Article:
In their comprehensive review and meta-analysis of the validity of automated audiometry cited earlier, Mahomed et al9 also identified 16 studies involving a comparison between conventional (Hughson-Westlake) and an automated method of adjustment technique. Again, there were no statistically significant differences between conventional and automated air-conduction thresholds.
3) Automated Adaptive Methods
While most clinicians continued to employ conventional manually-operated audiometers, psychoacousticians were busy developing more efficient methods for quickly identifying thresholds.13,14 Called “adaptive psychophysical methods,” they emphasize stimulus sequences that quickly establish an estimated threshold, then oscillate about this point until a valid threshold halfway between “heard” and “not heard” has been established. One might think of this as a basically speeded up, more efficient, variation on the classical Method of Limits. Rather than counting only ascending directions, it can accommodate any of several possible up-down rules such as:
- “heard”—go down; “not heard”—go up,
- “heard, heard”—go down; “not heard”—go up, or,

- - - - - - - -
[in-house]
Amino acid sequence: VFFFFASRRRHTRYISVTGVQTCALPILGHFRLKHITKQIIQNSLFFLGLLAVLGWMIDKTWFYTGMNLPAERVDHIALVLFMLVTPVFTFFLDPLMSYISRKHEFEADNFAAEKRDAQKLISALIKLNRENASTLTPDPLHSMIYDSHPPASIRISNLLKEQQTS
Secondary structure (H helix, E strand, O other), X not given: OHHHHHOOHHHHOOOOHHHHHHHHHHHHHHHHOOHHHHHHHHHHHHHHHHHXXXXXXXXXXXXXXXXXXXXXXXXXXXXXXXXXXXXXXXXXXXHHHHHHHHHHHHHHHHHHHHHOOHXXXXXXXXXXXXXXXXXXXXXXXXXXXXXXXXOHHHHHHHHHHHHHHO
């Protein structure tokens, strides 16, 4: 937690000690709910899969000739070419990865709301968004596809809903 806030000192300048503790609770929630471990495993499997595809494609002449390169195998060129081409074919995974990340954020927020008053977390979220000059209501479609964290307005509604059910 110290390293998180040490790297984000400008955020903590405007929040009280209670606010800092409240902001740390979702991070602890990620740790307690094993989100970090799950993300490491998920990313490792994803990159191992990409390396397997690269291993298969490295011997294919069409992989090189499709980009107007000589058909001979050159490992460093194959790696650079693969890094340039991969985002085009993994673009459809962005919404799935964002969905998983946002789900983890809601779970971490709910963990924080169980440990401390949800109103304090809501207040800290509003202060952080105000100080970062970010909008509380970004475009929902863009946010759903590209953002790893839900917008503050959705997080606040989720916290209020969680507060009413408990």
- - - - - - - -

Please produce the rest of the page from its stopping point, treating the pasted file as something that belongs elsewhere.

- “heard”—go down; “not heard, not heard”—go up.
Even more elaborate variations can be imagined and implemented. New techniques like these can be automated to produce pure-tone audiograms equivalent to those produced by human operators who follow a conventional Hughson-Westlake strategy.9,10,15-17
Perhaps the most thoroughly evaluated of such systems to date is AMTAS (Automated Method for Testing Auditory Sensitivity) developed by Robert Margolis and his colleagues.15-17 It finds the threshold at each test frequency by an adaptively implemented Method of Limits. An AMTAS-based system is now commercially available from Grason-Stadler Inc (GSI), but still awaits widespread usage.
Based on my experiences 50 years ago, my heart still belongs to the Békésy version of the Method of Adjustment. It kept the listener engaged in the task from start to finish, and yielded valid results. I still like its simplicity and versatility. Yet, my head says that if my colleagues prefer an automated system based on the Method of Limits, so be it. The most important issue is to catch up with the rest of the automated world.
In spite of the many examples of successful automated systems summarized above, I suspect that there will be little further progress in the actual clinical use of automated audiometry of any variety until clinicians become part of the solution. It goes back to their initial educational experience. If the only procedure they learn as students is the manual Hughson-Westlake method on a conventional audiometer, it is unlikely that they will be easily diverted from that familiar path, sophisticated technology notwithstanding. PhD and AuD students—in addition to practicing clinicians—need to understand that automated audiometry can be carried out by less credentialed personnel, resulting in time and cost savings in a clinical setting. It is apparent this testing is moving into the digital/consumer realm (Figure 4).